Venice gambling

Venice gambling

Venice very quickly gained a reputation as a gambling capital. Already in the 15th century it was one of the first manufacturers of playing cards with the opening of the first factory in 1391. In 1638 it was the first city to open a public place to gamble, the famous “Ridotto” in San Moisè in Palazzo Dandolo, which was closed in 1774. In the past centuries, Venetian gamblers were very well represented and narrated in the “ridotti”, in the houses and squares. It is enough to remember the paintings of Francesco Guardi and Pietro Longhi today at the Venetian 18th century Museum of Ca’ Rezzonico or the works of Carlo Goldoni.

Among the most common games of chance, besides cards and dice, there were the “biribissi”, the “bassetta”, the “sbaraglino”, the “royal game” and the “mea game”. The “bassetta” was a card game, with a bank and three players, the “sbaraglino” is the ancestor of backgammon, “biribissi” and “real game” are similar to roulette, with players betting on the square of a table or a playing cloth and a draw. Even the “mea game”, with the tip of a rotating arrow that chooses randomly in a circle of images, was based on betting and randomness.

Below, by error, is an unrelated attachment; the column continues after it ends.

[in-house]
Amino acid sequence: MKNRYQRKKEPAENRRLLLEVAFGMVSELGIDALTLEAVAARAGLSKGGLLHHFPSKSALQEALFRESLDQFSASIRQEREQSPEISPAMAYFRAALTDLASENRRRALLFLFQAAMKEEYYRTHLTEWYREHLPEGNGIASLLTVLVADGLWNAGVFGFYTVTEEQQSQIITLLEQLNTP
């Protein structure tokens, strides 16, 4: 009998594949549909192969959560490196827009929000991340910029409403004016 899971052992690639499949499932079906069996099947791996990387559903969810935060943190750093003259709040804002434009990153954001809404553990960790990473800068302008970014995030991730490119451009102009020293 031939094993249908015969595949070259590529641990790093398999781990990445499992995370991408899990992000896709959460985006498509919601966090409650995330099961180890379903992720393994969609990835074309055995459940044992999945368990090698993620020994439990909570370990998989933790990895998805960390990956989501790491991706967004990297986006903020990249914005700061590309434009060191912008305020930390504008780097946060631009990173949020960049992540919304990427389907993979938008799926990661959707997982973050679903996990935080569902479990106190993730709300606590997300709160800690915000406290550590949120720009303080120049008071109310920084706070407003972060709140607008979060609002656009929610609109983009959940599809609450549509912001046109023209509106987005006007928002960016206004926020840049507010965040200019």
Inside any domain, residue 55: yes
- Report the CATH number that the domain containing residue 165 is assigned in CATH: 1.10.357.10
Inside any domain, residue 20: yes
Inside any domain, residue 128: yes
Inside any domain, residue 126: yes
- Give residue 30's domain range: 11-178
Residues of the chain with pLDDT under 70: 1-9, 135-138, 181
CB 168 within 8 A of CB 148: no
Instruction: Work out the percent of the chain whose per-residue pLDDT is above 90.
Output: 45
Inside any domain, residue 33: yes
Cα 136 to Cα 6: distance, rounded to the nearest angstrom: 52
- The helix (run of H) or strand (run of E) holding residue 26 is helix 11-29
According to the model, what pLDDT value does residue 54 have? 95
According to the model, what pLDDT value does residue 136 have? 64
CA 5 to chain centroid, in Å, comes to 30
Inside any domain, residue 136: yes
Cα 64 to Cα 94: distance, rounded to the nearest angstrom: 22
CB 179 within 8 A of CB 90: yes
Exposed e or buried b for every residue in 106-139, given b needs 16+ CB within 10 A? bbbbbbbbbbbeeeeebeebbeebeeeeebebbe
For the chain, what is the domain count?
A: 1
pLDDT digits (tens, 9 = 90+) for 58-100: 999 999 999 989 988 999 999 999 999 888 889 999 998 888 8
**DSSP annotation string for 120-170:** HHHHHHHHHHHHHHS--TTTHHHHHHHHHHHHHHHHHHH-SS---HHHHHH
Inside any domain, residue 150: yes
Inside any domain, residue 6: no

In cosmopolitan and mercantile Venice, gambling has been part of the custom for centuries. Even some doges and their spouses were famous gamblers. Still today in the Correr Museum many materials, board games, solitaire, patience games, for children or adults are preserved. But certainly there was not only gambling. For example, the work of Giovanni Palazzi, printer and manufacturer of playing cards, created a series dedicated to famous Venetian women, telling a unique story of Venice.

The Venice Casino, founded in 1638 and called the oldest gaming house in the world, was moved to its current location at Ca’ Vendramin Calergi on the Grand Canal in the 1950s and immediately established itself as an entertainment centre of international renown.

Website Museumwww.correr.visitmuve.it

Website Casinowww.casinovenezia.it

Location Casino: Ca’ Vendramin Calergi